Andy: From an ecological perspective, in terms of responsibility to future generations, it seems to me a little bad. I also think it is very much less bad to harm a non-human animal than it is to equivalently harm a human being. Whether it is so much less bad that consuming animals for food qualifies as only a little bad is open to debate, but at least seems not a preposterous position.

peter kirwan said...

yeah my bad, i was mixing up women generally with women born after 1960 and I misinterpreted this

"(Caveat: The total number of female philosopher repondents born 1960 or later was small -- twenty-six -- so the exact percentage should be interpreted cautiously.)"

as meaning the possibility of a statistical blip which, looking at it again, isn't what you said.

Will said...

I found the terminology a little fuzzy and made some of the points confusing. I wonder if the stats would differ if some of the definitions tightened up some. For instance, "eating meat is morally bad", it is equivalent to murder? It is equivalent to eating human flesh? Is eating eggs equivalent to stealing from chickens? I tend to feel that people do reflect their real values in what they do. I am curious if they feel that animal life is somehow less than human life, and therefore would be more okay with eating salami than kentucky fried human fingers. "Refusing to eat mammal meat is perhaps the weakest form of vegetarianism"--refusing, if successful, sounds strict and should not be the weakest form. But I would like to have such refusals be categorized with "why?" whether it is just bad like a justifiable lie to deflect a killer from killing someone or bad as in actually being the killer. Or is it bad morally like alcohol impairing health? Or eating animal flesh food increasing a carbon footprint (less efficient harvesting of food from nature?)?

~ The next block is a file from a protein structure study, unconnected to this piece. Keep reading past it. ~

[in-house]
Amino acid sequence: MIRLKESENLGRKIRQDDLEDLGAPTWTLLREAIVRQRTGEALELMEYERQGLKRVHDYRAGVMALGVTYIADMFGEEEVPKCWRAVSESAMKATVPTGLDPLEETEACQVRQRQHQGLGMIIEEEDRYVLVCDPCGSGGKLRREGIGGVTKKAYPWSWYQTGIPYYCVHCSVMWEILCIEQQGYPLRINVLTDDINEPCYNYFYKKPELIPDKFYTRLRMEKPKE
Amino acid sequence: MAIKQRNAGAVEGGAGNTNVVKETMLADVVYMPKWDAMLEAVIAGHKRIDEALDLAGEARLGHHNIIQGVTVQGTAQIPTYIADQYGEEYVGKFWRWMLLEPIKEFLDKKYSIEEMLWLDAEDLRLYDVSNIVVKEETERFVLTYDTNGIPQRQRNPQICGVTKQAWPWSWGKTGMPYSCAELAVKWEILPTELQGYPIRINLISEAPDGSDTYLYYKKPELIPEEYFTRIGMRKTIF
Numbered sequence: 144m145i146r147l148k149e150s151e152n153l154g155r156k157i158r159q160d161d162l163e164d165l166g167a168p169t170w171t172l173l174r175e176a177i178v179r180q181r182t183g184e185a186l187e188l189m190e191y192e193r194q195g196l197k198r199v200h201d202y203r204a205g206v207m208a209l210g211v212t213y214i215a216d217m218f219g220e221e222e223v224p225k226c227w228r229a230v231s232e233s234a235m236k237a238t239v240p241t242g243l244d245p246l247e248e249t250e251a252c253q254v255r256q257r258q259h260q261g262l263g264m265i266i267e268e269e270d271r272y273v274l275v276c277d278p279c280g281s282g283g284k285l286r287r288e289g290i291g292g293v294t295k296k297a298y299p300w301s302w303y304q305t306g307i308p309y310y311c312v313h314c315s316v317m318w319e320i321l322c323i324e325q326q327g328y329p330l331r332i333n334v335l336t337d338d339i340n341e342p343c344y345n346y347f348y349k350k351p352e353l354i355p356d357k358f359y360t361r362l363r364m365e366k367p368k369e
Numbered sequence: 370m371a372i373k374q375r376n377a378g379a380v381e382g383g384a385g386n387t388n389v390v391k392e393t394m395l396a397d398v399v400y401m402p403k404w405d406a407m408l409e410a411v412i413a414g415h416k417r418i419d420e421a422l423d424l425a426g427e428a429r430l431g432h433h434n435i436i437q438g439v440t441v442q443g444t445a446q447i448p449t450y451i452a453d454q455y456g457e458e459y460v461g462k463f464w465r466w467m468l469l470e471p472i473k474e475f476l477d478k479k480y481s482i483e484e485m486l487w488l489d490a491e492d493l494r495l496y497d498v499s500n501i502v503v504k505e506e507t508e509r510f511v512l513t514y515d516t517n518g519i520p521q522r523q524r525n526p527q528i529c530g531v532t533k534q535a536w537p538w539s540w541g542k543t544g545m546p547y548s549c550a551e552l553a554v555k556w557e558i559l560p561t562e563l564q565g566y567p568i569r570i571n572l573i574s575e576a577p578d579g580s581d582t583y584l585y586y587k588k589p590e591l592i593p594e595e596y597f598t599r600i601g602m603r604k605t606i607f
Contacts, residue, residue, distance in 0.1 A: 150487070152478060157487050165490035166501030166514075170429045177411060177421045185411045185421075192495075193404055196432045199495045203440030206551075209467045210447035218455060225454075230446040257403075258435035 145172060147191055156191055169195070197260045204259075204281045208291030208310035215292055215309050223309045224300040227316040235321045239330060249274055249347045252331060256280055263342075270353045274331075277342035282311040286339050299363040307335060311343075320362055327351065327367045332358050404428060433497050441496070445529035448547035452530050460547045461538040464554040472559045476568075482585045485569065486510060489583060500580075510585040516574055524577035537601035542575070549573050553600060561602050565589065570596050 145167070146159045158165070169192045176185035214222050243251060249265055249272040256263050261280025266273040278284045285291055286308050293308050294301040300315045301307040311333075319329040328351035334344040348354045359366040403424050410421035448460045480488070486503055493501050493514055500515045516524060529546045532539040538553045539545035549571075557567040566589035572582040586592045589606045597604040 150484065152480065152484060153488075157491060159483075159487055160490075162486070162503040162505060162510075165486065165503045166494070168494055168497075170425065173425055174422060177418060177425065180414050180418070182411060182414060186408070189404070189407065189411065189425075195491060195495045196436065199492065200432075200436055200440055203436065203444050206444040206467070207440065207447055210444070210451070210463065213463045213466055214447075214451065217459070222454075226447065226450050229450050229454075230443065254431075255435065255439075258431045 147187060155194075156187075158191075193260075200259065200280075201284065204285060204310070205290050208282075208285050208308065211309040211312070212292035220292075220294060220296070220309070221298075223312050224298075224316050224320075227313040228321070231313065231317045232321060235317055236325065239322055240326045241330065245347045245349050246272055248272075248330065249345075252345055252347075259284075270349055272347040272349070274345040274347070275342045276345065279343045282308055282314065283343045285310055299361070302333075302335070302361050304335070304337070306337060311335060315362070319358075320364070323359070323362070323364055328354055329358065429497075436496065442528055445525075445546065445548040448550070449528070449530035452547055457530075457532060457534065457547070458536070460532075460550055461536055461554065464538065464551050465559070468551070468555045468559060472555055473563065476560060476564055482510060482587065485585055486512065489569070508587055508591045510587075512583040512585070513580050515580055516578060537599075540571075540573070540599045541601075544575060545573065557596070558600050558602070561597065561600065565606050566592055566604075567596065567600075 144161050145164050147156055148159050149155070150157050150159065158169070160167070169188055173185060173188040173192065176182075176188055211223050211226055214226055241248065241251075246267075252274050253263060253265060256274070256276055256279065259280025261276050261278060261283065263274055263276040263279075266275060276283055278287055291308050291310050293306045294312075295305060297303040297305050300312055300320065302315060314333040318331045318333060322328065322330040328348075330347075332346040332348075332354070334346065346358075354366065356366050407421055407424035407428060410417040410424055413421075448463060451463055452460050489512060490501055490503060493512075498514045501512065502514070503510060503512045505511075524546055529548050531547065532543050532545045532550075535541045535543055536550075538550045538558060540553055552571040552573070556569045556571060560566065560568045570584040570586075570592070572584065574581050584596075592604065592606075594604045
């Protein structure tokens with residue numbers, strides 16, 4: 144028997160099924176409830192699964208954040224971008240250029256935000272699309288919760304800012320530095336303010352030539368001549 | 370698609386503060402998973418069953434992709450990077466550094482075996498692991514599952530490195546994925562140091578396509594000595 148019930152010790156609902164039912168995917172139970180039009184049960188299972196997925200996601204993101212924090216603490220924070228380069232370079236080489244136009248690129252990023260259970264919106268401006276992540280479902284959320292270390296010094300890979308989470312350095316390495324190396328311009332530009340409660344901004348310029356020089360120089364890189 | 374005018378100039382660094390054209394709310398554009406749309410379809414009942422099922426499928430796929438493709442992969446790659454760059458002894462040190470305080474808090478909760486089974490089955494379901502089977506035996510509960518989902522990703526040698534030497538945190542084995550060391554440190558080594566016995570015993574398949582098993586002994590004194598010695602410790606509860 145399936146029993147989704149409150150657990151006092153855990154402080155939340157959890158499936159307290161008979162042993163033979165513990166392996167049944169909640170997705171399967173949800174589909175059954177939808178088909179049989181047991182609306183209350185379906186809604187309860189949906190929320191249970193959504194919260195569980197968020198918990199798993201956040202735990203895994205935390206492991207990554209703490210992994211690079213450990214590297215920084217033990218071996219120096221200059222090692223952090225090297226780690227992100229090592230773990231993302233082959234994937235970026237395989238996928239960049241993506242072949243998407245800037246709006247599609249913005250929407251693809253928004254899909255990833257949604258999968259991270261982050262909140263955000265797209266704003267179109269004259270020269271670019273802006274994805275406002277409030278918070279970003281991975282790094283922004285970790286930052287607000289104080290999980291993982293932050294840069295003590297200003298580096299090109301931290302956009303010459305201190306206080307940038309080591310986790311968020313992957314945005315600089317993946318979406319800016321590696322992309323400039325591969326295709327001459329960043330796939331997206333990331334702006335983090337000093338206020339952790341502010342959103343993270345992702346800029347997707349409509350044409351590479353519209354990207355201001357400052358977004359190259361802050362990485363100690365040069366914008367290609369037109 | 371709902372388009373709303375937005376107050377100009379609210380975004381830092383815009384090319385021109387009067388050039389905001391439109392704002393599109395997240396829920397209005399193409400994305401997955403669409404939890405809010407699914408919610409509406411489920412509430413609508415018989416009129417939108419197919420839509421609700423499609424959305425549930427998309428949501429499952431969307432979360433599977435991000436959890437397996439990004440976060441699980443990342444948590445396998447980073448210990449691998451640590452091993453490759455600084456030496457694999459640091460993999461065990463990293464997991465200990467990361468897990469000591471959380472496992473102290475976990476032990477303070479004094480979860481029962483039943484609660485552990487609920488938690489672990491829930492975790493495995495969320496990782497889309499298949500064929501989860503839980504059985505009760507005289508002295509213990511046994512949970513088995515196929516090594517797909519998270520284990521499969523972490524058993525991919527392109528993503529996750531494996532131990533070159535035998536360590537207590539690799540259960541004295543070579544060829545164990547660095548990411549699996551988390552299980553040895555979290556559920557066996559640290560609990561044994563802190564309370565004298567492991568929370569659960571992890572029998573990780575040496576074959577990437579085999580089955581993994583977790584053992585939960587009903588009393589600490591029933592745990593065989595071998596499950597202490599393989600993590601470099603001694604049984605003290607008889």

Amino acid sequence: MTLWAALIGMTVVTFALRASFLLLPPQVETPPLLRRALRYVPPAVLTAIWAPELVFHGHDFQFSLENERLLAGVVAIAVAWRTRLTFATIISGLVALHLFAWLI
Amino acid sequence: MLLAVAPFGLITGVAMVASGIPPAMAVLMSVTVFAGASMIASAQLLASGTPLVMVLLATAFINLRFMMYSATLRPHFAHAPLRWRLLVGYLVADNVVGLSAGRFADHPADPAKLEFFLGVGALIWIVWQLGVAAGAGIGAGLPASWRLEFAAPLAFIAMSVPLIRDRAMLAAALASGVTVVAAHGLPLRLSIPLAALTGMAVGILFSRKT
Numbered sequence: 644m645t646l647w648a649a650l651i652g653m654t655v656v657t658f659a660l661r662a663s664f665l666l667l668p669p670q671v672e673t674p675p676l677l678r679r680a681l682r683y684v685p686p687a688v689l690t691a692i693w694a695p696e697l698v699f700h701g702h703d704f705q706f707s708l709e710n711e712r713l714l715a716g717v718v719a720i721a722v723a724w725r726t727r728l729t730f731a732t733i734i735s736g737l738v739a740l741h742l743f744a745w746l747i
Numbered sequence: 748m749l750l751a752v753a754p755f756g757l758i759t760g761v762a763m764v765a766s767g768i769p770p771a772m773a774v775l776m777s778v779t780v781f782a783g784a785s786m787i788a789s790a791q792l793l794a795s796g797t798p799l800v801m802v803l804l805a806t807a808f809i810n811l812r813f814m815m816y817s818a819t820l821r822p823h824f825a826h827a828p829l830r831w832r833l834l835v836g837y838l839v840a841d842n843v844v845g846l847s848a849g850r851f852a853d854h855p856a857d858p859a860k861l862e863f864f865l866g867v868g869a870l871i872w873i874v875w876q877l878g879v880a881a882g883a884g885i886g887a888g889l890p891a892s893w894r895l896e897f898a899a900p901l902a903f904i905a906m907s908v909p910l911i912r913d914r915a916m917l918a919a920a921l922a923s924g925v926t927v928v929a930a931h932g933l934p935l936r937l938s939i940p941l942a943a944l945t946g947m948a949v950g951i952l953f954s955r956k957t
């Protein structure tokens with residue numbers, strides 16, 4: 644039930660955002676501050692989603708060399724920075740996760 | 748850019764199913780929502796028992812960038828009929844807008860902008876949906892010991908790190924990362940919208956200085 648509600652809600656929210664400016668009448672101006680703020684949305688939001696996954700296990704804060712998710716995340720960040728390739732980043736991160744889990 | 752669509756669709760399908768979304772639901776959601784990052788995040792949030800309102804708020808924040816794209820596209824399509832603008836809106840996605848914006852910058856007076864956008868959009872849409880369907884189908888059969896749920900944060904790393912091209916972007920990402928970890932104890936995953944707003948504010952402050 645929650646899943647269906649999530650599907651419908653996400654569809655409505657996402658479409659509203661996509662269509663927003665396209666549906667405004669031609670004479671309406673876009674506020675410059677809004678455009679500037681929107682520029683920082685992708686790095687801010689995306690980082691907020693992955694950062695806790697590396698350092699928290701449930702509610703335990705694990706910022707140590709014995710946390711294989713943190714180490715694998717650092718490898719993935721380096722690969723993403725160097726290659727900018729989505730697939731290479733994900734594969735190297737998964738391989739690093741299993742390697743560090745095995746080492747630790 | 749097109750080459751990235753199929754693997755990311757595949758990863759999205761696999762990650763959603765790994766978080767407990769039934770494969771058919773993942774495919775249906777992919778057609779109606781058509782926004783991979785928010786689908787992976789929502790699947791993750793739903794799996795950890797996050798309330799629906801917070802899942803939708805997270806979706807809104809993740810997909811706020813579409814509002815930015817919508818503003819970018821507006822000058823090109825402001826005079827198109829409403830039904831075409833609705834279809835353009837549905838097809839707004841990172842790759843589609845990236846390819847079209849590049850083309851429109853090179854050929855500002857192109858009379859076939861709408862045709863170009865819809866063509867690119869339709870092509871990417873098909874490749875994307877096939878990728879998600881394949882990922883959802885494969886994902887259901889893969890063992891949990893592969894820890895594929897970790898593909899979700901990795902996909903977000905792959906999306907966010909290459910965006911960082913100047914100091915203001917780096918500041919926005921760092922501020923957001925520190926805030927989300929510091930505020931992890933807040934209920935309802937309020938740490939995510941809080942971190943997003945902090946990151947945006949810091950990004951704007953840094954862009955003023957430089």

Eric Schwitzgebel said...

Peter: I understand how it can go by quickly!

Will: I would expect that few philosophers (or others) would regard killing animals for consumption to be as morally bad as killing human beings for consumption. Only a small percentage of Josh's and my respondents, for example, rated it at the extreme end of our moral scale, "very morally bad".

Why it's morally bad, if it is morally bad, is of course a different -- and large -- question!

Jorgen said...